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GRID Legends Review (PC): An Enjoyable Simcade Driving Experience

Almost every high-profile racing game coming out after Forza Horizon 5 is bound to be compared to Playground’s masterpiece. Not to mention that Gran Turismo 7 is just around the corner, so any developer hoping to surprise fans of the genre with the accuracy of their game’s driving mechanics will have a very hard time accomplishing their goal.
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But the world doesn’t stop with Forza Horizon and Gran Turismo franchises. As a racing game fan, I’m 100% certain you can find joy in playing other titles too, you just have to find your niche. GRID Legends is trying to recruit its audience from two fan camps: arcade and simulation.

The latest entry in the GRID series and the first after Codemasters, the team behind the franchise, has been acquired by EA, GRID Legends attempts to refine the formula established by the previous titles and come up with something new at the same time.

That something “new” is a very polished story mode called “Driven to Glory” that uses real actors like Ncuti Gatwa (Sex Education) and Callum McGowan (Jamestown) to offer players an insight into what it means to work your way up from the amateur league to the Gauntlet.

It’s the classic underdog story filmed using the newest virtual production. Although some of the older GRID games had this conflict between teams/drivers in the background, it never got in the spotlight until Driven to Glory. Fans of the series who played Race Driver: GRID, GRID Autosport and the more recent GRID (2019) will probably recognize a recurring name that pops up in all these games: Nathan McKane.

A five times GRID Series World Champion, Nathan McKane and the Ravenwest Motorsport team are aiming for the sixth title, and the only drives that might stand in their way are Valentin Manzi (Voltz Racing), masterfully played by Ncuti Gatwa, and you, Driver 22 (Seneca Racing).

I want to believe that great drivers aren’t jerks like Nathan McKane, but other than that, Driven to Glory is a cliché story featuring common character stereotypes. It’s pretty much similar to F1’s Braking Point story mode, although I feel like GRID Legends’ Driven to Glory, which is inspired by Netflix’s documentary Formula 1: Drive to Survive, is a bit more refined and better designed.

Driven to Glory is the first thing I would recommend players to tackle before moving to the main course. Although racing games aren’t particularly known for their interesting narrative, the story mode is the perfect way to get to acquainted with GRID Legends’ driving mechanics. More importantly, Driven to Glory takes players through multiple iconic tracks, behind the wheel of an eclectic range of cars from nine vehicle categories.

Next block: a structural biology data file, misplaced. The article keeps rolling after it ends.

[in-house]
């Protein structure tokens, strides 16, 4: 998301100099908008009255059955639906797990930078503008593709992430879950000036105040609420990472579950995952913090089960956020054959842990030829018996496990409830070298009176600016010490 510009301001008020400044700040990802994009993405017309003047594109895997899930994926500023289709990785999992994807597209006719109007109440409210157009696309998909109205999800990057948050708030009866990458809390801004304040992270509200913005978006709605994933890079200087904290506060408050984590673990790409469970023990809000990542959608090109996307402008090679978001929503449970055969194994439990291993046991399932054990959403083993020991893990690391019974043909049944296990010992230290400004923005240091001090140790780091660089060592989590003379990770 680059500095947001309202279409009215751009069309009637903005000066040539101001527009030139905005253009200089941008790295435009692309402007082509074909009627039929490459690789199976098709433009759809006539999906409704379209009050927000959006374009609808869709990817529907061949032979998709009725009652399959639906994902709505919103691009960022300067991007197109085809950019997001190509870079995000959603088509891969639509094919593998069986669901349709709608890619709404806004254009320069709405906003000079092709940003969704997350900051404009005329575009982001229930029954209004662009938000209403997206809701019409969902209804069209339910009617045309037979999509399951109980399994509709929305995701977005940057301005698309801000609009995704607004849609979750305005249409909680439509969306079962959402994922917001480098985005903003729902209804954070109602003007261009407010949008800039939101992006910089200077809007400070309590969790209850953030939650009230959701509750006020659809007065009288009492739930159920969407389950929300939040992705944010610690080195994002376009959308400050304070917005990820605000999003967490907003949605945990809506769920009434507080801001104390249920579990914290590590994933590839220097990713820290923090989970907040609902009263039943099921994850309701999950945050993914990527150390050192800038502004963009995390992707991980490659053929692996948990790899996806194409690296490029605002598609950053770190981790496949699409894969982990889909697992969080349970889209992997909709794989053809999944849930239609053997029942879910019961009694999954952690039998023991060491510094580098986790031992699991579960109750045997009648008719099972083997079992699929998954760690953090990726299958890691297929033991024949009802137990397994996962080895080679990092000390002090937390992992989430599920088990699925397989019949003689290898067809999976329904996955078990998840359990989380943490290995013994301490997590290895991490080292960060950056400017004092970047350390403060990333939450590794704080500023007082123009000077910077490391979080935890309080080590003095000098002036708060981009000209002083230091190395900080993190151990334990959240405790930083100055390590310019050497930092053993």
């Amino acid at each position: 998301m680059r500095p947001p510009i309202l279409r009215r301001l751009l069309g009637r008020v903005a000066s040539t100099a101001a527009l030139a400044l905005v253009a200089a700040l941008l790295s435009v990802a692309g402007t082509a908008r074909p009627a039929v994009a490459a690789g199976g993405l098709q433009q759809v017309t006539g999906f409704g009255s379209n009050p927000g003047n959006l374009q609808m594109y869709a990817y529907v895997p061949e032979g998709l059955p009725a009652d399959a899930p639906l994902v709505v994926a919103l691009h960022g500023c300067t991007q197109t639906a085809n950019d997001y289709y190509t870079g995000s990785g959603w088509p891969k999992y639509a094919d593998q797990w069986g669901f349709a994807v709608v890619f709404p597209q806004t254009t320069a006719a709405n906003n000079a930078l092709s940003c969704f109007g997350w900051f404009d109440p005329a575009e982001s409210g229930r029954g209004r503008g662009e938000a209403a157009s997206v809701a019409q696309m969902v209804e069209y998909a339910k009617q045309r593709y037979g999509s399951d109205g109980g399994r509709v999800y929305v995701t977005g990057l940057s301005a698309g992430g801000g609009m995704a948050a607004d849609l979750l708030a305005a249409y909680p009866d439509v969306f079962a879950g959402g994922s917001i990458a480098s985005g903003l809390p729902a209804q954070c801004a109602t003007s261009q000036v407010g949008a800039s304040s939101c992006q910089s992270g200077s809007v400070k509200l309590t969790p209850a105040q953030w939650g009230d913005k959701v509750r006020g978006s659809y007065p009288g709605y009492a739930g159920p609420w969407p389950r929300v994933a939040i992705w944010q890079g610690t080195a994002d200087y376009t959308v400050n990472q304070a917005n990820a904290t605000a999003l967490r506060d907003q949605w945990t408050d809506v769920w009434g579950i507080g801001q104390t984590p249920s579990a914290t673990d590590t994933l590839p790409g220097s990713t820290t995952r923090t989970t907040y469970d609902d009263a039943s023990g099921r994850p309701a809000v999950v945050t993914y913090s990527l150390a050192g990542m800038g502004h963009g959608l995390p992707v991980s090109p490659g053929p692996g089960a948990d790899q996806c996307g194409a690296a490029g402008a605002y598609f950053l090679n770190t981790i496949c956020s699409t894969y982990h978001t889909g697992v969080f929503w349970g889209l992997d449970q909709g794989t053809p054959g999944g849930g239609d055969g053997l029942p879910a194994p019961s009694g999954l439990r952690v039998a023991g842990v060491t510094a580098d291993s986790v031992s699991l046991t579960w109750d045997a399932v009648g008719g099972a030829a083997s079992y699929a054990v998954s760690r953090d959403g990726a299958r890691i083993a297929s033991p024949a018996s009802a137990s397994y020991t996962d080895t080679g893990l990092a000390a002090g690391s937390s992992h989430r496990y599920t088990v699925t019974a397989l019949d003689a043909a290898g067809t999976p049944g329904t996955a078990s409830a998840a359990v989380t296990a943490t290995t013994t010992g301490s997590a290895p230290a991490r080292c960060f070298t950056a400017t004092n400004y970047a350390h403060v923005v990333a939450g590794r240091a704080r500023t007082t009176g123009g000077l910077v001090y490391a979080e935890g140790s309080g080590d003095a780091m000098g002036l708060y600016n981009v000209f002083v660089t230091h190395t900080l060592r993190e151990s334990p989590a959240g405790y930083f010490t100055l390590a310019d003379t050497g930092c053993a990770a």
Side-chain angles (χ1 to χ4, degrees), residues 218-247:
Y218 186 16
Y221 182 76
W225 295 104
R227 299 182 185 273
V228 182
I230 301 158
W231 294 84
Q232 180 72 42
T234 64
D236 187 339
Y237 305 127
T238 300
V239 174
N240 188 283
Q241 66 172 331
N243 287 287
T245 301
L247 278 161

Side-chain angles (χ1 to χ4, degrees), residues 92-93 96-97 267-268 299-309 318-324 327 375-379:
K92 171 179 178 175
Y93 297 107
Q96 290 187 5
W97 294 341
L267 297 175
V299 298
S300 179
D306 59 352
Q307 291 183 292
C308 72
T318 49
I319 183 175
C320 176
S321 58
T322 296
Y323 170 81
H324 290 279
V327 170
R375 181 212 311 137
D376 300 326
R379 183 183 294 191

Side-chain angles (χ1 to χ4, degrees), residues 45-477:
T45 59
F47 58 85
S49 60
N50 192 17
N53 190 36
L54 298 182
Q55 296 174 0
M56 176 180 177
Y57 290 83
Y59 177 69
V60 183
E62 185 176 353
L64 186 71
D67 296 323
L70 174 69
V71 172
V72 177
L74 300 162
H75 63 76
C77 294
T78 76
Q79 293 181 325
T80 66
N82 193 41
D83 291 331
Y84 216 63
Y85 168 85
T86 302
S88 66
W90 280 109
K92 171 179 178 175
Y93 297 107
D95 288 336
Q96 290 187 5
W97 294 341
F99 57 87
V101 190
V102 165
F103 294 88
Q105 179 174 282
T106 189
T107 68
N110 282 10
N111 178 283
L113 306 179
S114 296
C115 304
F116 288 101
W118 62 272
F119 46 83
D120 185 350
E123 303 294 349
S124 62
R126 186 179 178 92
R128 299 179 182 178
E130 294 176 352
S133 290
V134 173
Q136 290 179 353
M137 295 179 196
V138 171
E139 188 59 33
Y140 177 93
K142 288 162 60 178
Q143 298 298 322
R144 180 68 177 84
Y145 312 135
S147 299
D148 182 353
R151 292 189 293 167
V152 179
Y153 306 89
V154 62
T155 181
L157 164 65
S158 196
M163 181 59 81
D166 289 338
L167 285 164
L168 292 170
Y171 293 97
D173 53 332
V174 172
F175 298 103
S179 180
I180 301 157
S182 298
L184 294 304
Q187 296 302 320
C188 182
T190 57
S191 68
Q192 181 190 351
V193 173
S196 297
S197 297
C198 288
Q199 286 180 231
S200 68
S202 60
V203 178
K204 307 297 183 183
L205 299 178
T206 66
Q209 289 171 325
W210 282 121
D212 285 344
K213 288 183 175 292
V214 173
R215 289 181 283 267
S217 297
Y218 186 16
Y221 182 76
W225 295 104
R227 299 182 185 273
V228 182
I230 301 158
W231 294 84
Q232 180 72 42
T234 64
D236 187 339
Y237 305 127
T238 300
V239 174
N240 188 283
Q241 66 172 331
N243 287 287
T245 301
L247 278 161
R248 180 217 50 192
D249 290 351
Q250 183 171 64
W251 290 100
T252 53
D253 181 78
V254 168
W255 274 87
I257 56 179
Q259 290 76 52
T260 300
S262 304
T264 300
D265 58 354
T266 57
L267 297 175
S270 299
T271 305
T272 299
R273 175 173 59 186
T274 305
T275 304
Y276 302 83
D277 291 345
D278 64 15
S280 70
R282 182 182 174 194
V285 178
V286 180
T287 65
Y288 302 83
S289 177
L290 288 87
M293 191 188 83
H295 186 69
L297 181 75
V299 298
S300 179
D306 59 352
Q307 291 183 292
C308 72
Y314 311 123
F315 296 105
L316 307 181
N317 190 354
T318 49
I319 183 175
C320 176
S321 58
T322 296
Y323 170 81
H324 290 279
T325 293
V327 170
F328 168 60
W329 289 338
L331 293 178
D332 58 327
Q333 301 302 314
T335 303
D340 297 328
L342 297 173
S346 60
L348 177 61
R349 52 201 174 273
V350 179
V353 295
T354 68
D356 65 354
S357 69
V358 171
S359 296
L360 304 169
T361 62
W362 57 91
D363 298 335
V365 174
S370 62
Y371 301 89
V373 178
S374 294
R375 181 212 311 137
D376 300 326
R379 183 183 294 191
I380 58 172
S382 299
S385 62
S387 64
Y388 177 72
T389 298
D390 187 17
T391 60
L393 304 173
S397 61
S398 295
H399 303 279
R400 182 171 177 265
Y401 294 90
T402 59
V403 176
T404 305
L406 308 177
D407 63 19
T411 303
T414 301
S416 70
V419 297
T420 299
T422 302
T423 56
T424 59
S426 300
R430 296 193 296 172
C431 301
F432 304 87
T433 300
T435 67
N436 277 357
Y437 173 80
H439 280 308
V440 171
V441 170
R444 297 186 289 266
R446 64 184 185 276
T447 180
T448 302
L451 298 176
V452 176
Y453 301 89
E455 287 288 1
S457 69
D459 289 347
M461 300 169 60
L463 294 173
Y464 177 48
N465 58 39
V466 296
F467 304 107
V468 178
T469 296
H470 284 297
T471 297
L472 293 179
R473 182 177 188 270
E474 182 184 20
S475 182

The average player should finish GRID Legends’ story mode in 8 to 10 hours, but veterans of the genre will have it done much faster. It took me around 6-7 hours, but it was quite enjoyable, and you can always move to another segment of the game and return to the story mode if you’re getting fatigued by the narrative.

Outside Driven to Glory, GRID Legends has plenty to offer with more than 100 cars available to drive and 22 locations. Veterans of the series will probably be pleased to know that Career Mode has returned and it’s better than ever. It has about 250 events that can be tackled using multiple classes of race vehicles, including electric cars and stadium trucks.

Time Trial, Drift and Elimination modes are also here to spice up the activities roster. While cars that you own can be upgraded, don’t expect the same level of intricacy offered by the likes of Assetto Corsa Competizione, Gran Turismo or RiMS Racing.

The driving mechanics in GRID Legends have been polished even further. Controls are tight and the focus is now on speed rather than strategy, especially when taking corners. You can be really fast in GRID Legends even on tracks with multiple curbs, you just need to time the brake and drift correctly.

Each car class drives differently, which is a serious concern in story mode where you’re jumping from car to car like there’s no tomorrow. One of the more controversial features included in the game lets you rewind time if you make a mistake during your race. You can only use it three times throughout a race, and I think those who are against it can simply refrain from taking advantage of it. Considering that the game’s entire driving physics are so forgiving, I don’t see why such a feature wouldn’t be there to help newcomers to the genre recoup from that one mistake.

Conclusion

Overall, GRID Legends achieves what it sets out to do: provide an enjoyable simcade driving experience to both veterans and newcomers to the racing genre. The game is far from being perfect, which is why it will probably invite a lot of criticism from purists, but I had a great time with GRID Legends.

Although it doesn’t go as deep as Gran Turismo when it comes to the history of racing, and it’s not as flamboyant as Forza Horizon, GRID Legends is highly palatable regardless in which camp you stand, arcade or simulation. GRID Legends is the perfect starting point for those looking for a casual racing game, just don’t go in expecting miracles.

Rating: 80/100



Editor's note: Review based on a copy of the game provided by the publisher.

 
 
 
 
 

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